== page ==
God said, I will bless you, and make your name great, so that you will be a blessing.

 {What does all that mean for God’s plan in the world? What does it mean for us, now?}

We live in a world that is wrestling with who deserves to belong.  Who deserves to flourish?  

There’s this epidemic of “othering,” of defining who we are against everyone else. We wall ourselves off from people who are different from us. And I think it’s because people are scared. We’re afraid there’s not enough good to around. We’re afraid that sharing means we’ll get left out. And we’re pinning real struggle and pain on ‘those people’ over there. The economist Robert William Fogel writes “the incredible rate at which the economy and society are changing causes people to lose their bearings. They fear not only for their safety but also for their livelihoods.” (quoted in Bass, 222). This is even more relevant today than when he wrote this almost 20 years ago.

 And so, in Seattle, a Sikh man was shot by a white male who was shouting ‘get out of our country and go back to where you came from.’ He was in his own driveway. A white couple in Georgia were sentenced to prison for shouting racial slurs and yelling death threats at the birthday party of an 8 year old African American kid. A white man in Kansas City shot and killed an Indian man in a sports bar. Witnesses say he yelled ‘get out of my country.’ All of this since February.

That’s not us. It’s hard to believe stuff like that is really happening. And we are very intentional and work really hard to be nothing like that and to actively fight hate. We try to listen to others. We voted. We marched. But we live a world that is geared toward keeping us distracted and hyper focused on what’s in front of us. On our choices and our careers and our fulfillment. We care. We do. But we also get tired.

And a lot of times rest ends up looking like: What show should I watch next? Where should I go for dinner? Or should I order in? And we worry, am I eating right? Working out enough? What about retirement? Am I saving enough? Can I pay off my debt? Where is my soul mate? And, if I’ve found him or her—why am I still not experiencing 24/7 bliss?

I’m not saying there’s anything wrong with asking these kinds of questions. But so much of our world conspires to keep us focused, overwhelmed, by our choices and our fulfillment and our protection. It’s easy to forget in the daily-ness of life that it’s not just about us.  

God said, I will bless you, and make your name great, so that you will be a blessing.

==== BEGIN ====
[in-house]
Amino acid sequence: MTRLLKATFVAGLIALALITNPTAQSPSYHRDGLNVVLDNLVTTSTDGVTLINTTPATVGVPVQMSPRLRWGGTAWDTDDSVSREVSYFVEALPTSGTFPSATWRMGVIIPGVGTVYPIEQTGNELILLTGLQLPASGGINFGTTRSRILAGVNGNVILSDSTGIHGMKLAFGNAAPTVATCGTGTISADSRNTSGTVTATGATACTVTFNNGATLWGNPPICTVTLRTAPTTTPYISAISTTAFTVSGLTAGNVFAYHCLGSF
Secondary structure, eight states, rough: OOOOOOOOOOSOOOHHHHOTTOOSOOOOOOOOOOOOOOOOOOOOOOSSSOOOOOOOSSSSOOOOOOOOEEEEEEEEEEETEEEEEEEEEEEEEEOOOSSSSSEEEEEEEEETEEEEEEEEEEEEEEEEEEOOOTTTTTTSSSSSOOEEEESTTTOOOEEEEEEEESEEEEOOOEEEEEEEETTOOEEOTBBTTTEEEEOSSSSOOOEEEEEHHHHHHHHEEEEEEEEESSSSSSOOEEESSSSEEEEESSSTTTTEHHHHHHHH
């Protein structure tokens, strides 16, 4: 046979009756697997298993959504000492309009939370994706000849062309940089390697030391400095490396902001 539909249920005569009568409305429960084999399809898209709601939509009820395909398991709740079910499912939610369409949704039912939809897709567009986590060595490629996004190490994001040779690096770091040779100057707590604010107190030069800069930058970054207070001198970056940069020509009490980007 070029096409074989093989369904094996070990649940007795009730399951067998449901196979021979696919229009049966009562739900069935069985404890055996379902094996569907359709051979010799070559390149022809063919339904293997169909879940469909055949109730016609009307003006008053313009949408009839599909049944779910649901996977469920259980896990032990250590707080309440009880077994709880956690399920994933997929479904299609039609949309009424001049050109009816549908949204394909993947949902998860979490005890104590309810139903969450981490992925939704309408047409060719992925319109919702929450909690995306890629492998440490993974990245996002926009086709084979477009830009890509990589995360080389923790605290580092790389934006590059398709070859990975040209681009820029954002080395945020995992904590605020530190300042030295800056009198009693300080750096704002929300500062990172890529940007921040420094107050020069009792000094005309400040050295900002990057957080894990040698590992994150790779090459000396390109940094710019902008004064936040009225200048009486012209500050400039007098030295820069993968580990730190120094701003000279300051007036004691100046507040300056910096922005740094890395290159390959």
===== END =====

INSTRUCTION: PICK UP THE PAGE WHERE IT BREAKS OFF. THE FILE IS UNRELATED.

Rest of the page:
{God’s plan was, and is, to bless the whole world.}

God in community created humanity in God’s image. We were created to reflect God’s way of being in the way we relate to each other. We were created to join God in delighting in, guarding, and stewarding the world.

But the first humans believed a twisted version of the truth and lost paradise. And before long, the whole world was filled with violence and corruption. And God sent these waves of judgment and cursing in response—a flood, confusion of languages. But even in judging a world filled with hate, God made ways for fresh starts. But humanity kept going back to old and broken patterns. What was God supposed to do with people who seemed hell bent on doing everything but what was good for them and others?

And Abram? He’d lost his brother. And his wife couldn’t have kids. If he didn’t have a child to pass his good name and his wealth to, there would be no one to remember him. No one to tell his stories. No son with his nose or daughter with Sarai’s eyes. And then his father died. And he was getting older. Things looked hopeless.

And what does God do?

“Even the best of humanity kept replaying the same old patterns and the worst of them were hurting each other and trying to play God. But instead of resorting to more punishment and cursing and correction, God takes a chance on doing the opposite.” 

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God asks Abram to leave the familiar behind. And God is going to show him where to go. And in that new home, God is going to give Abram his dream of becoming a father. The shame of not leaving a heritage behind is going to be wiped away. God is going to give him an honorable name. Instead of destruction, God promises blessing.  Here’s the thing about blessing. It’s become the high fructose corn syrup of religious language—overused, sickeningly sweet, and almost no resemblance to its original form and meaning. Blessing is an incredible thing. The Hebrew word for blessing is בָּרַךְ  (barak).  And it’s an idea that means flourishing in every possible way—physical health and strength; fertility; safety; success; abundance. That’s barak. And that’s what God promised to Abram and his family.